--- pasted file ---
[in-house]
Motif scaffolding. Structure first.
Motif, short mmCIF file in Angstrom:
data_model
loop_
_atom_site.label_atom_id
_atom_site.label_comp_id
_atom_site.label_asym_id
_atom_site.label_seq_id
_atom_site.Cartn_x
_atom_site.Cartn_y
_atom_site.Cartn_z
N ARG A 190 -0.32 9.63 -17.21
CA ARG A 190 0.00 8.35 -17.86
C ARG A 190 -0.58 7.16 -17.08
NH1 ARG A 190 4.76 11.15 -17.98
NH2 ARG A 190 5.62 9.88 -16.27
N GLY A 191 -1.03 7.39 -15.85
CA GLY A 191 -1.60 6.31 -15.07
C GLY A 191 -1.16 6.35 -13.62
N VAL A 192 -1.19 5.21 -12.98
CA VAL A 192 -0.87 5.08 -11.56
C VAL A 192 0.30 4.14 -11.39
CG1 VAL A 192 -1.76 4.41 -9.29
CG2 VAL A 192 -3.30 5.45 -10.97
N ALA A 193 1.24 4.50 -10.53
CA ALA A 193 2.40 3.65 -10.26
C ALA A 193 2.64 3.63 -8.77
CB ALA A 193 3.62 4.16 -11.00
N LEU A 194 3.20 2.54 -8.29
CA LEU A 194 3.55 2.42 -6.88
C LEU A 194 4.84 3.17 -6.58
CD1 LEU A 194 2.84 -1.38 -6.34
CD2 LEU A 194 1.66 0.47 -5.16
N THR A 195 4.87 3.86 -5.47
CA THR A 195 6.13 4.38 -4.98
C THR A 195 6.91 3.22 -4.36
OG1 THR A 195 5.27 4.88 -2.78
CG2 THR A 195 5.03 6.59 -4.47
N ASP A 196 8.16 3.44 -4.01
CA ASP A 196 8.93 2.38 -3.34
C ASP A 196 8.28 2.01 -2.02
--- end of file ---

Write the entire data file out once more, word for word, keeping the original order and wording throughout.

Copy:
[in-house]
Motif scaffolding. Structure first.
Motif, short mmCIF file in Angstrom:
data_model
loop_
_atom_site.label_atom_id
_atom_site.label_comp_id
_atom_site.label_asym_id
_atom_site.label_seq_id
_atom_site.Cartn_x
_atom_site.Cartn_y
_atom_site.Cartn_z
N ARG A 190 -0.32 9.63 -17.21
CA ARG A 190 0.00 8.35 -17.86
C ARG A 190 -0.58 7.16 -17.08
NH1 ARG A 190 4.76 11.15 -17.98
NH2 ARG A 190 5.62 9.88 -16.27
N GLY A 191 -1.03 7.39 -15.85
CA GLY A 191 -1.60 6.31 -15.07
C GLY A 191 -1.16 6.35 -13.62
N VAL A 192 -1.19 5.21 -12.98
CA VAL A 192 -0.87 5.08 -11.56
C VAL A 192 0.30 4.14 -11.39
CG1 VAL A 192 -1.76 4.41 -9.29
CG2 VAL A 192 -3.30 5.45 -10.97
N ALA A 193 1.24 4.50 -10.53
CA ALA A 193 2.40 3.65 -10.26
C ALA A 193 2.64 3.63 -8.77
CB ALA A 193 3.62 4.16 -11.00
N LEU A 194 3.20 2.54 -8.29
CA LEU A 194 3.55 2.42 -6.88
C LEU A 194 4.84 3.17 -6.58
CD1 LEU A 194 2.84 -1.38 -6.34
CD2 LEU A 194 1.66 0.47 -5.16
N THR A 195 4.87 3.86 -5.47
CA THR A 195 6.13 4.38 -4.98
C THR A 195 6.91 3.22 -4.36
OG1 THR A 195 5.27 4.88 -2.78
CG2 THR A 195 5.03 6.59 -4.47
N ASP A 196 8.16 3.44 -4.01
CA ASP A 196 8.93 2.38 -3.34
C ASP A 196 8.28 2.01 -2.02